- Instant Gratification: Jewelry: Fast & Fabulous Projects
- Knit Knack Kit: Simple Instructions and Tools for 25 Terrific Knitting Projects
- Denyse Schmidt Quilts: 30 Colorful Quilt and Patchwork Projects
- Saul Bass: A Life in Film and Design
- Between the Bridge and the River
- The Art of Pixar: The Complete Color Scripts and Select Art from 25 Years of Animation
- Art of the Modern Movie Poster: International Postwar Style and Design
- Winerd: The Wine Tasting Game that Crushes Grape Fears
Wednesday, November 16, 2011
Progress, but no progress worth photographing. Just comparing my coat armscye to other well-fitting garments. I had no idea that pattern alteration would get me so anxious. I just want this to work so much that I'm scared to cut into the pattern. I should just trust my instructions.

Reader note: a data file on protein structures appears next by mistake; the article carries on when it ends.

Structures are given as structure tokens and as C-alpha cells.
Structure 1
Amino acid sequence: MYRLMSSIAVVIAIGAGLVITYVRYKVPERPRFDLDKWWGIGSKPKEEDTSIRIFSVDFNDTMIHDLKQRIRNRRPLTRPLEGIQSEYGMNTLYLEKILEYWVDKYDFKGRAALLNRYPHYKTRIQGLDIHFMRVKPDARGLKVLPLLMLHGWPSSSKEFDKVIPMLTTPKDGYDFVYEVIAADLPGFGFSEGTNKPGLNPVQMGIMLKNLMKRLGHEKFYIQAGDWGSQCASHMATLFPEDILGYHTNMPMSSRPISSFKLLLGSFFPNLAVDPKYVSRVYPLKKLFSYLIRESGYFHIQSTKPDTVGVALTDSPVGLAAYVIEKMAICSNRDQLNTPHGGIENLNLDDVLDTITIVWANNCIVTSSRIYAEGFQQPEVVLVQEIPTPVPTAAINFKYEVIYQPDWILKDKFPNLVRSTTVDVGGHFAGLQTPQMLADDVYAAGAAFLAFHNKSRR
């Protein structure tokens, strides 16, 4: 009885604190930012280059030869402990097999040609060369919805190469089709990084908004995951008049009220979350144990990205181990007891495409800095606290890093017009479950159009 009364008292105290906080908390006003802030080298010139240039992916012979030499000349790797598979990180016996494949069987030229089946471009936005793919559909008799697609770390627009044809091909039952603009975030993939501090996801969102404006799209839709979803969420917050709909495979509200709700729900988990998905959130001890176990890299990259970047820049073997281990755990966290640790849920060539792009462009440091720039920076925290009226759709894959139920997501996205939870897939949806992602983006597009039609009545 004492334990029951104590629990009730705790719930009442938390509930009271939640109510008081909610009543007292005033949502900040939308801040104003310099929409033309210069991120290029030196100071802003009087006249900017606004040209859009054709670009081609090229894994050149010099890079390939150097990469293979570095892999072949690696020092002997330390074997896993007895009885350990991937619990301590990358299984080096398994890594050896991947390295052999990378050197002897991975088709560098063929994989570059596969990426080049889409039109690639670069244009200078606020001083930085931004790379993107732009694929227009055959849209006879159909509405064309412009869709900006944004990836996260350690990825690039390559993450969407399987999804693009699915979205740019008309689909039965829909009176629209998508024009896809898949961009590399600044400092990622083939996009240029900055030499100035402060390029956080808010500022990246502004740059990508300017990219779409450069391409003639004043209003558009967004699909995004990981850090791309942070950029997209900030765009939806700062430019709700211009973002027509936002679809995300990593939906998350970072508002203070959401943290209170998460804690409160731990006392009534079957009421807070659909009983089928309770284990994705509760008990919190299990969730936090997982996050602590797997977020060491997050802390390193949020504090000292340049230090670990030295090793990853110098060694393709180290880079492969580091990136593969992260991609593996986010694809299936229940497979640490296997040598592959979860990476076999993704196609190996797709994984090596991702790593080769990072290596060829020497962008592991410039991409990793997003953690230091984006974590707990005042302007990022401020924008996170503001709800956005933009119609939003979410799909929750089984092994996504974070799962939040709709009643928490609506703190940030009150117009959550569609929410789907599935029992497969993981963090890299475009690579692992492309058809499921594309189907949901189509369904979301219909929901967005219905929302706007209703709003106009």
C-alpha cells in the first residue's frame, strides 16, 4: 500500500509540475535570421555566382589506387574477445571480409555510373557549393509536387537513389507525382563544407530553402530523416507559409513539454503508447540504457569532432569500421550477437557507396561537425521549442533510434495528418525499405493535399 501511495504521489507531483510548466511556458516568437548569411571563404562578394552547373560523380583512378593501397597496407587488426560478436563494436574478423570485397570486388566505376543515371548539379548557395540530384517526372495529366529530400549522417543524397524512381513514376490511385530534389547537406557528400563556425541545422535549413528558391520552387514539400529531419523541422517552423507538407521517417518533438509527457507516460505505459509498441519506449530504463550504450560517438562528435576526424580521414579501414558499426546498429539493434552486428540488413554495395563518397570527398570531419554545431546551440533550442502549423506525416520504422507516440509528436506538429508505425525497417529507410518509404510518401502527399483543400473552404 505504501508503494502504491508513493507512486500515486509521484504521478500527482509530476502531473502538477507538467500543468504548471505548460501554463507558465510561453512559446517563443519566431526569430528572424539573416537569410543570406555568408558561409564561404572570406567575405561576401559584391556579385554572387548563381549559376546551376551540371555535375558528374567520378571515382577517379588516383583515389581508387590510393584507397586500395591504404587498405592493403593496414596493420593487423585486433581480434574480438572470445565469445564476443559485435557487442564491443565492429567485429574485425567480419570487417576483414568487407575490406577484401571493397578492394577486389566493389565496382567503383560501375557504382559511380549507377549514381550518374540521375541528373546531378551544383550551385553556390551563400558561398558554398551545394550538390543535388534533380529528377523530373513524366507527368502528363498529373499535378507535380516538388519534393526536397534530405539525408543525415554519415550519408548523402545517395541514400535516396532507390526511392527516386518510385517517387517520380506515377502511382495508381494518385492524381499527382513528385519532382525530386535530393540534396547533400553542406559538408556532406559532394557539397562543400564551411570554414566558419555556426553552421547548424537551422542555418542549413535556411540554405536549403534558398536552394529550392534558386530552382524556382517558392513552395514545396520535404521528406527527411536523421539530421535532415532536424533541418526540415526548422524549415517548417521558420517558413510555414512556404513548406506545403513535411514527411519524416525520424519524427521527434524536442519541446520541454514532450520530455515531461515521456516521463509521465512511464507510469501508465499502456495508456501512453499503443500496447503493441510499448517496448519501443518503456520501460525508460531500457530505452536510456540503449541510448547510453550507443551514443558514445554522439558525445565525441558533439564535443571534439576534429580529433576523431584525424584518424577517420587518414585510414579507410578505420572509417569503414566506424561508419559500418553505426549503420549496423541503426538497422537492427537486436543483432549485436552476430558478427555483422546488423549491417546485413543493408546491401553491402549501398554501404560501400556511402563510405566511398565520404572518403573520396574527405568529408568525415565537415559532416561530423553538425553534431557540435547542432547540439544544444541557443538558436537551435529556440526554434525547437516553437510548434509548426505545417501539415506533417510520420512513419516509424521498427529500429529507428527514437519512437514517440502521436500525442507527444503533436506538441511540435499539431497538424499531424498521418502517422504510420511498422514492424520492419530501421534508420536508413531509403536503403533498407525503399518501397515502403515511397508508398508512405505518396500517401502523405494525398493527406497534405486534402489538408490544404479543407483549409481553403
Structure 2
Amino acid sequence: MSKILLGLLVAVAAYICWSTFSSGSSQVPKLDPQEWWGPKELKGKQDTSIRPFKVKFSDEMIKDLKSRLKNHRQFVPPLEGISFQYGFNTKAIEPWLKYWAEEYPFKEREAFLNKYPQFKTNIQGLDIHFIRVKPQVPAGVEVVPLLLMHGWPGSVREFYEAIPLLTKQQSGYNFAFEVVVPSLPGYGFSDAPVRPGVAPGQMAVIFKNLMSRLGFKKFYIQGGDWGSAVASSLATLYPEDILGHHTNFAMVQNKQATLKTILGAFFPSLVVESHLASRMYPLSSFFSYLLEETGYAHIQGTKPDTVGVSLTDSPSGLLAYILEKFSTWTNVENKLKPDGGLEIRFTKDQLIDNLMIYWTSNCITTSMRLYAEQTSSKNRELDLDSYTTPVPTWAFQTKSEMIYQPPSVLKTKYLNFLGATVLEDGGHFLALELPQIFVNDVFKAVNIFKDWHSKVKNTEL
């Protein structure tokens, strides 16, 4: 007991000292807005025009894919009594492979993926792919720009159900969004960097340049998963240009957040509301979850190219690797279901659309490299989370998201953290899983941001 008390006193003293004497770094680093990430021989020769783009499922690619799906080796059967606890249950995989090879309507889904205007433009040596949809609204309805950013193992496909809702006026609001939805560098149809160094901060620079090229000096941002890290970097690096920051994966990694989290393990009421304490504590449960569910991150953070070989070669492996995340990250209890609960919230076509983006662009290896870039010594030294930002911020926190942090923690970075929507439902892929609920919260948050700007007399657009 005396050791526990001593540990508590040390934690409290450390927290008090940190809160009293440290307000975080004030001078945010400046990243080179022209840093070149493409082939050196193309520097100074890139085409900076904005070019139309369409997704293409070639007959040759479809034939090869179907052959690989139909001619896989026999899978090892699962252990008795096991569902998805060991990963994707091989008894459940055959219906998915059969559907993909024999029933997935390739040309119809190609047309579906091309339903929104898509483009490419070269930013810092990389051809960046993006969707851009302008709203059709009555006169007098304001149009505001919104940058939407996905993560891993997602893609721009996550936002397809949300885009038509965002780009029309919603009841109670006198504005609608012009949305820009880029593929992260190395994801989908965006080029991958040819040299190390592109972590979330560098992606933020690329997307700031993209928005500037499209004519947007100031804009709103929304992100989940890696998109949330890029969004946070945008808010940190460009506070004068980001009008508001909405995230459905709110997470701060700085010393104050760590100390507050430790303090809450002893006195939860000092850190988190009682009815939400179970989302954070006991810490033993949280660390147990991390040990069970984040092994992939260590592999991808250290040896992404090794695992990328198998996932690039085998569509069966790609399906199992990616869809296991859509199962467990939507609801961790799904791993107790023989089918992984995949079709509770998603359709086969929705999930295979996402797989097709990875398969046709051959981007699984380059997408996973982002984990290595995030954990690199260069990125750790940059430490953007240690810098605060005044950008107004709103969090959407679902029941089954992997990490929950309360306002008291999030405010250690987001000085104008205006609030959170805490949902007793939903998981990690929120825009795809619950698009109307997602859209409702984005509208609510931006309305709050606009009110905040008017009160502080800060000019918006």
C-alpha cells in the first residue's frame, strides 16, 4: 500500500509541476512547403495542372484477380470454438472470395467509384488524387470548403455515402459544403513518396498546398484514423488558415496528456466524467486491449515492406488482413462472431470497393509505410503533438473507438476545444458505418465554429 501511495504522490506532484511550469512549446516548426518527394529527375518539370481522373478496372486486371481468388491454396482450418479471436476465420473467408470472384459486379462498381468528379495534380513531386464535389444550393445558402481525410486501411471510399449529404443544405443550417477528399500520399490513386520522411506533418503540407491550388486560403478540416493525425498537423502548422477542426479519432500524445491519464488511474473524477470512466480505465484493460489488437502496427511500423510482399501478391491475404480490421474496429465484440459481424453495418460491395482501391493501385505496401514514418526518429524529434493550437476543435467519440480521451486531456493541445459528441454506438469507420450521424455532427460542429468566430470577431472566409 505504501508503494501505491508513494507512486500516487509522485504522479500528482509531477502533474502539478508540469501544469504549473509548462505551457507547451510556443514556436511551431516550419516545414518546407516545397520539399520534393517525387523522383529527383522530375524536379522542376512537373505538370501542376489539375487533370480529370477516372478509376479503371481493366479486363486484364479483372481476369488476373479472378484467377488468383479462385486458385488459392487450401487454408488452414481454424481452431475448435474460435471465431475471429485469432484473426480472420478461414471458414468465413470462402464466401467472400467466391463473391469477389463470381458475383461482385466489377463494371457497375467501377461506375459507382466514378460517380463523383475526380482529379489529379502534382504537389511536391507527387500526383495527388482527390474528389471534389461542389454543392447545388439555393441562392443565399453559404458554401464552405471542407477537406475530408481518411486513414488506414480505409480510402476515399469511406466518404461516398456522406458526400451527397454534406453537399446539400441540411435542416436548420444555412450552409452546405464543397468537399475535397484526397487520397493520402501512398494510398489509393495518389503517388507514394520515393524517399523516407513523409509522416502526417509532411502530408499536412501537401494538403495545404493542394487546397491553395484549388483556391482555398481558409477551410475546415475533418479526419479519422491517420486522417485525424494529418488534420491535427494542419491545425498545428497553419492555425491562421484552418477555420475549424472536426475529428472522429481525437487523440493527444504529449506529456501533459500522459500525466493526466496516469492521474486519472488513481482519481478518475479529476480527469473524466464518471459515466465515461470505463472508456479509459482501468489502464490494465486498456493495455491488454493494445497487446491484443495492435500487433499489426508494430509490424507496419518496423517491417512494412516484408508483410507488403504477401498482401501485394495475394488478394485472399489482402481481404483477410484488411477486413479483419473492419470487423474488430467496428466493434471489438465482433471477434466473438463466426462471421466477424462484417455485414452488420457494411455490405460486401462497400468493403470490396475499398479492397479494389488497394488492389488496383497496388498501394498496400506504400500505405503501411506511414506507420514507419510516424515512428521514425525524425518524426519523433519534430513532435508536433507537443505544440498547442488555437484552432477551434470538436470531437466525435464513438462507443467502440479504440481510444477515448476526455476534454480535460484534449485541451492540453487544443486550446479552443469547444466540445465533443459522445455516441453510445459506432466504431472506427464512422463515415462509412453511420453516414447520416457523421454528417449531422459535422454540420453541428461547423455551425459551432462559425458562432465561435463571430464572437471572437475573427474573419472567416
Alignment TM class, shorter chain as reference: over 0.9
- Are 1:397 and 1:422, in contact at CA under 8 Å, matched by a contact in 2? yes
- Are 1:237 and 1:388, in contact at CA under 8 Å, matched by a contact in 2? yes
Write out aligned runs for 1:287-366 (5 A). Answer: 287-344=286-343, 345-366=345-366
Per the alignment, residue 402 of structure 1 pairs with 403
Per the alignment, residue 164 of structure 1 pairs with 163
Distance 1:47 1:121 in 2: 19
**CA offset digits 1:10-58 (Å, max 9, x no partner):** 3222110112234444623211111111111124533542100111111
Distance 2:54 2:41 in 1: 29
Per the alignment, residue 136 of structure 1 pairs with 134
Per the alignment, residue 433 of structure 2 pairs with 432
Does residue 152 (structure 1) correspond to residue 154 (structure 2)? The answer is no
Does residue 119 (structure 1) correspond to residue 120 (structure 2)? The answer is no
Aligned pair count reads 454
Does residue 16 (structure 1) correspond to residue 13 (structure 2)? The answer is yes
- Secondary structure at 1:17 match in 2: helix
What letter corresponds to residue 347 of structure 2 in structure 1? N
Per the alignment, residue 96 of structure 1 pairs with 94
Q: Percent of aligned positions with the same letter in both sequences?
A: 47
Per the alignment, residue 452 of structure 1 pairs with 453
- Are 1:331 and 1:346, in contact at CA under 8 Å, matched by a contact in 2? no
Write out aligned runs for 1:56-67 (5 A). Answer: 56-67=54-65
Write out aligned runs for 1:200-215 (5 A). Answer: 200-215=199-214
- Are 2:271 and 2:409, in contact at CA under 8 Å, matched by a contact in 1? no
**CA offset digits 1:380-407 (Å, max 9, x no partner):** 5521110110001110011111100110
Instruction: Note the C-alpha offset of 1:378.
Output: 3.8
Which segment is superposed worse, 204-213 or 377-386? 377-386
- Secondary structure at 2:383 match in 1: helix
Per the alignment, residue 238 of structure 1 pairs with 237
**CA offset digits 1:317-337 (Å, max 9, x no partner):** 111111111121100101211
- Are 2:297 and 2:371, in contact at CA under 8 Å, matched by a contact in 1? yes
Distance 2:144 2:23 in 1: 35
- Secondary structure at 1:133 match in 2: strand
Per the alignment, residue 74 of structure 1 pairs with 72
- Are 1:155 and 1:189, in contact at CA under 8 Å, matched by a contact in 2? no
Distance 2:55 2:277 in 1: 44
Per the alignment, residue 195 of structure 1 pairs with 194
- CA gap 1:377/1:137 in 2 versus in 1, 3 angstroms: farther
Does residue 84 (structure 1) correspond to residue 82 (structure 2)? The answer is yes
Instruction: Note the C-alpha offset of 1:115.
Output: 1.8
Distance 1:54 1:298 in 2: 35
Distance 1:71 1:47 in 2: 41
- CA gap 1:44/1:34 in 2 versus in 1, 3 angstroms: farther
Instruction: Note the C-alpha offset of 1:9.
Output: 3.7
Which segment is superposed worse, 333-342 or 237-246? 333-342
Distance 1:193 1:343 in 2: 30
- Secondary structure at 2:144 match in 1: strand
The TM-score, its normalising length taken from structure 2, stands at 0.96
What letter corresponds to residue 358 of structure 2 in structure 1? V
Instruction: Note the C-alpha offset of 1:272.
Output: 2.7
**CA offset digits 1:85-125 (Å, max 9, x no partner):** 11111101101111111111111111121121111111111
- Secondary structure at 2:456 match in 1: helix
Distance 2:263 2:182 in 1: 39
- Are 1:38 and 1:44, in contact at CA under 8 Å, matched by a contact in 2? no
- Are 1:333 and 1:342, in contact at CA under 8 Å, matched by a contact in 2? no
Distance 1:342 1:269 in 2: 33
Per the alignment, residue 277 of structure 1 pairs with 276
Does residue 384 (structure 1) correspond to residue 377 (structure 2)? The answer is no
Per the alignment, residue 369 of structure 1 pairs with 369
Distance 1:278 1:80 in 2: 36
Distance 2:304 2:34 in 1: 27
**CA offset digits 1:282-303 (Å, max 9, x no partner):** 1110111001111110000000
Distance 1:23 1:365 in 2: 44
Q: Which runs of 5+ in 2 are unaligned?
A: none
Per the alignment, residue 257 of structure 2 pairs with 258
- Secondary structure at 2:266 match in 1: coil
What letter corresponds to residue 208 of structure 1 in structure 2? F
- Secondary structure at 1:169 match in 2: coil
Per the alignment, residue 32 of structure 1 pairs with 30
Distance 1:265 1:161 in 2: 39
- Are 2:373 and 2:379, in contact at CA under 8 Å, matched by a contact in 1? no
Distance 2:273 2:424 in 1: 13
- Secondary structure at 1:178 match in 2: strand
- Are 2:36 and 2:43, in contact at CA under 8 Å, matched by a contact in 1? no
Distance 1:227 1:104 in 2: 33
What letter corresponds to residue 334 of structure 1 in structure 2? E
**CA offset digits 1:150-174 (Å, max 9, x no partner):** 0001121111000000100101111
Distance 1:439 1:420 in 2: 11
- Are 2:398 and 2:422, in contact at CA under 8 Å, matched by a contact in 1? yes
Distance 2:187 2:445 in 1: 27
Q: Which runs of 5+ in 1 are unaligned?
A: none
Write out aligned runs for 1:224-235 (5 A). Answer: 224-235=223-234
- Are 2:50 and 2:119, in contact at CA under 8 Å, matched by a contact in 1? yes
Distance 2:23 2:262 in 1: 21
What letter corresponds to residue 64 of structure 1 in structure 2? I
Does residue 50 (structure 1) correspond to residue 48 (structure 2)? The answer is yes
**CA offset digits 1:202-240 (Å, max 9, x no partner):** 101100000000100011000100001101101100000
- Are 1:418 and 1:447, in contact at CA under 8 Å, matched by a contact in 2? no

Next project: A stuffed toy for my step-grandniece. There are so many choices to choose from, but I only have until next Wednesday.
I ordered them from Alibris.com,* my favorite place for used books and better yet, these books are in excellent condition; no marks, discoloration, warping, bent or ragged pages, and the covers are in excellent condition too. The only negative is that being in storage for so long, they have a horrendous musty odor. So no pictures until they come out of their "cage" (a tightly closed plastic bag with a box of baking soda). But, really they look just like the photos above!
*I have yet to get a book from Alibris that wasn't in near brand new condition. You just have to look for sellers with the best ratings and very thorough product descriptions. These made both books sound worse than they really are.
Tuesday, November 08, 2011
Sorry, no progress to show. All of my garment construction has been happening in my head...I have been researching fitting and adjustment materials to improve the fit of my garments.